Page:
Speaking of slips, in Michael Erard's article "read my slips" he substantiates the theory that we learn from our mistakes. Initially, he takes a look into the experiments surrounding Kanzi, a 27 year old Konobo (ape) who connects spoken words to lexigrams (abstract visual symbols). ALthough Kanzi makes her mistakes in identifying the correct lexigrams at times, what is most interesting is that when asked to distinguish blackberry, she will pick a similar (if not the correct) lexigram, like hot dogs, cherries, and blueberries. This signifies a complex system of classifying words established mainly on their meaning and sound, and thus implicates "that, given the chance, bonobos and other apes can acquire systems of meaning that are closer than anyone has thought to what humans do, and that some aspects of language acquisition are not unique to humans."
Most scientists believe that language and sounds are stored in a type of network in the brain. In relation to mundane slips of the tongue, there is much to be learned as well. Cognitive scientist Gary Dell proposed that
"when sounds or words stored in such a network are selected, this also strengthens or "activates" neighboring words or sounds, which may be misread as the right ones. In his model, people forced to speak quickly make more errors not because they have more opportunities to do so but because the stimulation of neighboring units has less opportunity to fade. Dell also proposes that practice tends to activate present and future units more than past ones. As a result, the more practice a speaker has, the higher the proportion of anticipatory errors, although overall errors decrease."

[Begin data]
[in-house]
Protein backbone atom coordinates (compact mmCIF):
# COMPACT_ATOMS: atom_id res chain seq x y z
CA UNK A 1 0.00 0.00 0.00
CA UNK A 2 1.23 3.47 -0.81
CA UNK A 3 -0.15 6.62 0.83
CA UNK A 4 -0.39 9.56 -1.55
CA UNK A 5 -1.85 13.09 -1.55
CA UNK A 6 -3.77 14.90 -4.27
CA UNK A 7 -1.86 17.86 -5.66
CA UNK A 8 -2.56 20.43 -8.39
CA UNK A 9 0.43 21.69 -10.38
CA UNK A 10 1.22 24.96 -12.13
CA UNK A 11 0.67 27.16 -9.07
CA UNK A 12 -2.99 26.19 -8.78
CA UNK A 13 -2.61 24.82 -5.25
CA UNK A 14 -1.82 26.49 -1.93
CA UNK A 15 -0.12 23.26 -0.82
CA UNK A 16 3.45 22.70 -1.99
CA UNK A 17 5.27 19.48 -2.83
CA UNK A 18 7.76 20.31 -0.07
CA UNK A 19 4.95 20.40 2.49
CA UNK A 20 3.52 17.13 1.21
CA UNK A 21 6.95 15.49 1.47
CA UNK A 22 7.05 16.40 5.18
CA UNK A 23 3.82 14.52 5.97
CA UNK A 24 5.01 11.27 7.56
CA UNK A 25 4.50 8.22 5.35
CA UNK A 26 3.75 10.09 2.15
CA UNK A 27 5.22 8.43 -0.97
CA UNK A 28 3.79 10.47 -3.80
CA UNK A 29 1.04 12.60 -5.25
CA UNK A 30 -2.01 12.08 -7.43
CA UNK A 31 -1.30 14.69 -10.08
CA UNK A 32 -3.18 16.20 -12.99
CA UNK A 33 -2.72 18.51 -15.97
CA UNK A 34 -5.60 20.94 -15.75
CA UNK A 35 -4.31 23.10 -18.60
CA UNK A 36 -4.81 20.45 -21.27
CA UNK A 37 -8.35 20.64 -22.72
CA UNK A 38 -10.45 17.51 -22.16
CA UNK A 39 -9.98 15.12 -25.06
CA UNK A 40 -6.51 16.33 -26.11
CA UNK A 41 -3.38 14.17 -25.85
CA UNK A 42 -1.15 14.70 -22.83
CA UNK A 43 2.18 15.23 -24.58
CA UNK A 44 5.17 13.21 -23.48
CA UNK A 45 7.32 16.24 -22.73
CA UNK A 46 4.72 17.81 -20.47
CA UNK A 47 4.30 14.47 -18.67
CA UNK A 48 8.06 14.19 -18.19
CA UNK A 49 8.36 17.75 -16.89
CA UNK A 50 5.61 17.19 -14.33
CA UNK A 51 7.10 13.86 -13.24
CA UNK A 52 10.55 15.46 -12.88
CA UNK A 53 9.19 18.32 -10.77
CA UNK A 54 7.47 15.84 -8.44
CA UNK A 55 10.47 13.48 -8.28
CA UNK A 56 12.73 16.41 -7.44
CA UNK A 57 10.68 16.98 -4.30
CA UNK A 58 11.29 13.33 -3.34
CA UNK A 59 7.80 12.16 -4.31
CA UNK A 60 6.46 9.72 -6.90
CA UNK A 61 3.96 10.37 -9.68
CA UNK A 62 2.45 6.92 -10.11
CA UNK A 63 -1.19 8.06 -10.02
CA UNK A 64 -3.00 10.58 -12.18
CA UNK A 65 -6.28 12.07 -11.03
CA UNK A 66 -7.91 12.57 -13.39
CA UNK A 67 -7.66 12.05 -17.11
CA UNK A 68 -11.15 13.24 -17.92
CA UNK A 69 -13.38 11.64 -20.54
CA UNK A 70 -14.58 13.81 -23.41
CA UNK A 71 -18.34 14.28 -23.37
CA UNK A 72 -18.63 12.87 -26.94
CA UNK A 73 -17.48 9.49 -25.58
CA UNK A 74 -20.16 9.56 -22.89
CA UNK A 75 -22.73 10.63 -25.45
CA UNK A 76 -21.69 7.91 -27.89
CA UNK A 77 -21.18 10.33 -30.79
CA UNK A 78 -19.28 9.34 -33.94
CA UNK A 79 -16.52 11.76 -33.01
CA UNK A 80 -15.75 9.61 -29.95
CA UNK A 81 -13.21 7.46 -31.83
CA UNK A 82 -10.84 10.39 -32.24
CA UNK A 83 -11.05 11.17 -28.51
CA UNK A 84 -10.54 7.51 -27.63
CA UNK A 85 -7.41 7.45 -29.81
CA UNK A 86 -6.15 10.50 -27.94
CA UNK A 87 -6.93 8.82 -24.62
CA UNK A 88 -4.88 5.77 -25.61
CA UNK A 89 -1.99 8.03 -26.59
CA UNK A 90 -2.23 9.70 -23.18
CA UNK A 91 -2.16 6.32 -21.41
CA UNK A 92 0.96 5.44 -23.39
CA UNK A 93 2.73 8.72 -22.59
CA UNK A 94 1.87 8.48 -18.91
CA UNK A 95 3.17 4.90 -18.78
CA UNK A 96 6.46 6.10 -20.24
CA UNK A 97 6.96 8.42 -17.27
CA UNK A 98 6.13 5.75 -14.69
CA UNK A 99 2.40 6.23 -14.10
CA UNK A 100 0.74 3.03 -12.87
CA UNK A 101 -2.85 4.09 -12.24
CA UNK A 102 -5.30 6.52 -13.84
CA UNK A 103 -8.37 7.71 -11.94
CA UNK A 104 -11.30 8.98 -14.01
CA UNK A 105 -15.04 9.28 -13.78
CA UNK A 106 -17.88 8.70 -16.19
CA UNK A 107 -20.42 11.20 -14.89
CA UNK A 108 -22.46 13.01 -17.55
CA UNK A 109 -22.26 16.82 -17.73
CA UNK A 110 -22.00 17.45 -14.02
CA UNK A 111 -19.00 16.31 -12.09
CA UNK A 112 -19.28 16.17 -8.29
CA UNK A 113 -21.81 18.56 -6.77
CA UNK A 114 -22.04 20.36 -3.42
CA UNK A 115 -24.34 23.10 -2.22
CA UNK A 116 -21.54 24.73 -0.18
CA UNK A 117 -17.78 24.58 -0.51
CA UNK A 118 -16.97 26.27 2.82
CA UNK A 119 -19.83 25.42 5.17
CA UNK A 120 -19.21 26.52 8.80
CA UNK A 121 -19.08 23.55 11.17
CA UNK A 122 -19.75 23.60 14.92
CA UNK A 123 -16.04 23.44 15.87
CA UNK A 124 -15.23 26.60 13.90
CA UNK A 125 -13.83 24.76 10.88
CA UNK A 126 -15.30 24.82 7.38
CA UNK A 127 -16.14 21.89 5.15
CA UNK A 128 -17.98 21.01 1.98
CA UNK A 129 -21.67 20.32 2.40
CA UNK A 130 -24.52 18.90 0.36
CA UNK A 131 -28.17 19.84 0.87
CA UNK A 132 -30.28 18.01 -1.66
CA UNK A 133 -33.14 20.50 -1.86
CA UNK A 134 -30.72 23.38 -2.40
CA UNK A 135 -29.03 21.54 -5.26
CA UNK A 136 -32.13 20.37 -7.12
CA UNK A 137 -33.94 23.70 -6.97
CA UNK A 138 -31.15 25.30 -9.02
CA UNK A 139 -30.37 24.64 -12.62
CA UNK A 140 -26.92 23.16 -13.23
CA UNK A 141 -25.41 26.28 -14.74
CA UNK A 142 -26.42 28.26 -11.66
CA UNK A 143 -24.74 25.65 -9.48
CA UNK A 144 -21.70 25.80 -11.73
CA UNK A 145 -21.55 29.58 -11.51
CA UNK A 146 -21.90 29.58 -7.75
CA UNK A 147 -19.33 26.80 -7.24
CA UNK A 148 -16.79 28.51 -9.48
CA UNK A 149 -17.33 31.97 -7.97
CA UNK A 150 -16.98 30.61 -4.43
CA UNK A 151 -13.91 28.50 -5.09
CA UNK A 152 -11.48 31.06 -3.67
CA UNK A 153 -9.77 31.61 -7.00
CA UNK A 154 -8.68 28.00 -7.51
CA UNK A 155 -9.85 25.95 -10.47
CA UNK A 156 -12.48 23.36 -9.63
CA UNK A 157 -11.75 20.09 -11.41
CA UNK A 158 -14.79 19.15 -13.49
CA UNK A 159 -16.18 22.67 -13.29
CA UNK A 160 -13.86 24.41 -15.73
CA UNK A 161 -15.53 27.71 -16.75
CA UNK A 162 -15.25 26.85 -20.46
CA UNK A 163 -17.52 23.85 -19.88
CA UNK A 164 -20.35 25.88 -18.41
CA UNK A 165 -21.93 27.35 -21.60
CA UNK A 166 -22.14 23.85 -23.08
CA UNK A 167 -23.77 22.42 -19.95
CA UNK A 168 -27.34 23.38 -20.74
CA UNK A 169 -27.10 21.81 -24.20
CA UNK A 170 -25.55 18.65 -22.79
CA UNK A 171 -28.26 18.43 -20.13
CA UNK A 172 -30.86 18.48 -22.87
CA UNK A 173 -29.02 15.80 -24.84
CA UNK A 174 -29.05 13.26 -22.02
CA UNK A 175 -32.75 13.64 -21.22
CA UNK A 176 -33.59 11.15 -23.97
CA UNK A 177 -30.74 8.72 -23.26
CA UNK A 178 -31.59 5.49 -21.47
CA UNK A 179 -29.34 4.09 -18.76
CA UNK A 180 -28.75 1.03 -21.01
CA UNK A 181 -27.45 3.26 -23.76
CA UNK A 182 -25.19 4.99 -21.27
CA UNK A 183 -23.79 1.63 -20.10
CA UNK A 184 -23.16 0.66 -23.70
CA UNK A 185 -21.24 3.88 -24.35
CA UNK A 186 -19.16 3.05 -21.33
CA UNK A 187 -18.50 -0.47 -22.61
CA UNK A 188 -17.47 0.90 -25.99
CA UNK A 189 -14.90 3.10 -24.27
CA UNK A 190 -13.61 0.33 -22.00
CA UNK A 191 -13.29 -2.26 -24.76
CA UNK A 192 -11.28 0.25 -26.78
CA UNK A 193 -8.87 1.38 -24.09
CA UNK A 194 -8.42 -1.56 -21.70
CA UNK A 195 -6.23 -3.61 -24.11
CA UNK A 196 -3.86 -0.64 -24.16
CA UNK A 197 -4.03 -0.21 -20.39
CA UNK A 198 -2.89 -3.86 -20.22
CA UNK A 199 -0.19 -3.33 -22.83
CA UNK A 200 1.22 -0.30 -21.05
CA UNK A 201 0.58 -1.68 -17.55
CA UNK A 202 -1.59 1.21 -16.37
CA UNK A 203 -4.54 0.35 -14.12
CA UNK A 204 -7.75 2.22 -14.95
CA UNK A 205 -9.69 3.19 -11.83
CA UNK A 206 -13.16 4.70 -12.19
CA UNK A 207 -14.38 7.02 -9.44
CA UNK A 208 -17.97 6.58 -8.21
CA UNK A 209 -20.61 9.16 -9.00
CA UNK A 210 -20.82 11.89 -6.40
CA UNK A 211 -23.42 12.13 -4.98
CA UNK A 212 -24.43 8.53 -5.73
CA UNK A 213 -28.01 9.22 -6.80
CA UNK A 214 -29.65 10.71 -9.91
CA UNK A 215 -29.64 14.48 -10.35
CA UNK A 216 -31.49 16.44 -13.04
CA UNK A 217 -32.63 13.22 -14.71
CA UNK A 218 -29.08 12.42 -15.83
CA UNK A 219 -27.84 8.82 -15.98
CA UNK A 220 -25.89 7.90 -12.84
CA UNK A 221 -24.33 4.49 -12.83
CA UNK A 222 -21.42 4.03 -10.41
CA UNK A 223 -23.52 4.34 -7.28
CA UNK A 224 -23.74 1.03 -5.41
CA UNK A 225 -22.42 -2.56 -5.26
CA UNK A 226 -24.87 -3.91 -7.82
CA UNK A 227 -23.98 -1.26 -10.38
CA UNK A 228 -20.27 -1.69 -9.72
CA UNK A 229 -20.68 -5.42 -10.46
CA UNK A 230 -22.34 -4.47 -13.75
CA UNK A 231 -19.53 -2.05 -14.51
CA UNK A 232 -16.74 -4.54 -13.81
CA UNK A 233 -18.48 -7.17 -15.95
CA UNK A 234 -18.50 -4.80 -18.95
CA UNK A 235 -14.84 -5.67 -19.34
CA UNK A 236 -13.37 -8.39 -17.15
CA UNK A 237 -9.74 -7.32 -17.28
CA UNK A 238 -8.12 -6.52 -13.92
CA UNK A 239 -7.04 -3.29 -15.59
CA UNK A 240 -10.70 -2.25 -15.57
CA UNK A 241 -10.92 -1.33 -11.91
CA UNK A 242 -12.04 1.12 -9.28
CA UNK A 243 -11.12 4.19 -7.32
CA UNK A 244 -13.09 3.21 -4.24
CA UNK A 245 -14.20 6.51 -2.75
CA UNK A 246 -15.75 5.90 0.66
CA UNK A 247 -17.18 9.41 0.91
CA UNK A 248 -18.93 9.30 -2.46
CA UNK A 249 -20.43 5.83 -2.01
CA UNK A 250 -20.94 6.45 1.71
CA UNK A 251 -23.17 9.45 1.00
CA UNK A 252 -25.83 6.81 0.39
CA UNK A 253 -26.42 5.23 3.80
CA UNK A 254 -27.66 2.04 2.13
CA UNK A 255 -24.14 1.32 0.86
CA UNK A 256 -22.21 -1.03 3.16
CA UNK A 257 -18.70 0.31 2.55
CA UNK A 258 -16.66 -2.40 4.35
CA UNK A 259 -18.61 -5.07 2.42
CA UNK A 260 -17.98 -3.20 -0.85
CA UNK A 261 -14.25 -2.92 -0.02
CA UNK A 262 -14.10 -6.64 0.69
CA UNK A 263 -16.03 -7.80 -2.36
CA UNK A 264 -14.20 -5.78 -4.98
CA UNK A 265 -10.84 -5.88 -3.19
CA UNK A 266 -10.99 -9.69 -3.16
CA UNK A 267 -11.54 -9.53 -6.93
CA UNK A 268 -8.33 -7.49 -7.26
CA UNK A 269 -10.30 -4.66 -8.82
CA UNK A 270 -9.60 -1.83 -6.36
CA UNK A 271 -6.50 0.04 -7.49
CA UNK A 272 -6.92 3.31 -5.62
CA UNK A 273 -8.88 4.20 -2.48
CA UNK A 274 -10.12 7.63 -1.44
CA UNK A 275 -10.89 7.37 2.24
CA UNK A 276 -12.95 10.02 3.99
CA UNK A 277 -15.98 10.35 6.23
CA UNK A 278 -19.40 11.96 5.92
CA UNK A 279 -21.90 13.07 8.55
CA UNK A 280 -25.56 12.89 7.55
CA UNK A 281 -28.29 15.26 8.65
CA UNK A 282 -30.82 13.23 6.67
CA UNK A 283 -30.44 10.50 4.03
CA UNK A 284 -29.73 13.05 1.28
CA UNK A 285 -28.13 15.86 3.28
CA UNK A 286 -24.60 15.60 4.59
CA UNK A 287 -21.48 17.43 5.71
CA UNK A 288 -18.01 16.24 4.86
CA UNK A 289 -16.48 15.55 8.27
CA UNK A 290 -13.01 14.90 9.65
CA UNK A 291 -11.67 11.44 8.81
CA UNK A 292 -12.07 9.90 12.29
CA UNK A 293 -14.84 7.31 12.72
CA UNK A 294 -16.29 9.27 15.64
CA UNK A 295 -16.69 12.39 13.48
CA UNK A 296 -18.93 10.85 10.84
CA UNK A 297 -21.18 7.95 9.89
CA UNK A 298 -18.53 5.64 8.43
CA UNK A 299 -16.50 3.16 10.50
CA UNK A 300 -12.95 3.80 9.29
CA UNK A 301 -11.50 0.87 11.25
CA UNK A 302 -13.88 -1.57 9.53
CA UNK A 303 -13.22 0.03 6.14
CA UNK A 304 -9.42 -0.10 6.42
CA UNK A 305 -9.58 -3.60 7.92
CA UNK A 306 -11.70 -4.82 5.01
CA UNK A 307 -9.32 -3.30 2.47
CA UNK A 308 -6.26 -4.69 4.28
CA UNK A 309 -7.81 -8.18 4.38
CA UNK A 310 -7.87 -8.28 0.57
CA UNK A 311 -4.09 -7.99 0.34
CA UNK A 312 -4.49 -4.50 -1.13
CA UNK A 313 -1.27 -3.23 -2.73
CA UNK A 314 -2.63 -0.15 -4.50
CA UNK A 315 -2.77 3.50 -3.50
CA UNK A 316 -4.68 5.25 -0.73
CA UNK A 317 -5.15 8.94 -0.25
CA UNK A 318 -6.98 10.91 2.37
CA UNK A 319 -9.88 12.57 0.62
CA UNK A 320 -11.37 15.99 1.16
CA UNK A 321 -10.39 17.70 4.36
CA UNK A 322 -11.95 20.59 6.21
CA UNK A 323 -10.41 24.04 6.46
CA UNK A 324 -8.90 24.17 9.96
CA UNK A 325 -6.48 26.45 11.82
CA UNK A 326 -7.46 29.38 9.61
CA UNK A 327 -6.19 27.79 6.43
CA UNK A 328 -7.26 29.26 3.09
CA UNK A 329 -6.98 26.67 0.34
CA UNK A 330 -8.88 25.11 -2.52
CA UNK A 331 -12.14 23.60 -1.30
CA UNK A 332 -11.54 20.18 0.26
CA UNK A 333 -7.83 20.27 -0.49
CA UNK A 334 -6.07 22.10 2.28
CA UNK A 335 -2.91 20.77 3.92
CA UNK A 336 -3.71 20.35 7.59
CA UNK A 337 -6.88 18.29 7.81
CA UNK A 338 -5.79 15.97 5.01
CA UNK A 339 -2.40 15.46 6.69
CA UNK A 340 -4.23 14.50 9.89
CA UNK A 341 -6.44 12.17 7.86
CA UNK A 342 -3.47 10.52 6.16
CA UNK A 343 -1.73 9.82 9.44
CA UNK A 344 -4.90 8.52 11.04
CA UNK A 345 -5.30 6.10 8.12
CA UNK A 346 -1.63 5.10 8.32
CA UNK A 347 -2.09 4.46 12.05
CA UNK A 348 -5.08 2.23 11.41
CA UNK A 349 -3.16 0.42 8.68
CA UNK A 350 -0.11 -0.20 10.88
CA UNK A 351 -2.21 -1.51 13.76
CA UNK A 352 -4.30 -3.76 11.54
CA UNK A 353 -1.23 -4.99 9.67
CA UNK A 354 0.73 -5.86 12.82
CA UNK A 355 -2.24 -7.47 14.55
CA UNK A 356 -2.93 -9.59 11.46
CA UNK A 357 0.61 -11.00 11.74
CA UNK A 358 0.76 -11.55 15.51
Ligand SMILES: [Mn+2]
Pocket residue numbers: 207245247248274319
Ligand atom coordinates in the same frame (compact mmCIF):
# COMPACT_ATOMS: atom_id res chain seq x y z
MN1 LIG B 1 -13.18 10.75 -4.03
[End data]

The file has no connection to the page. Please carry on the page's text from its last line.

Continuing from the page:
through further study it is found that the same slips can be found in writing, insinuating "that humans possess a single language faculty regardless of how they deploy it" although some of this may be contributed to lapses in motor skills as well.
Interesting stuff, and it reminds me of the speech exercises I did back in my short-lived actress phase. Did these small warm-ups stem from the study of languages and slips? Or were they born out of sheer logic? Try saying Toy Boat 15 times fast and tell me if that seems like a cognitive or a motor slip to you.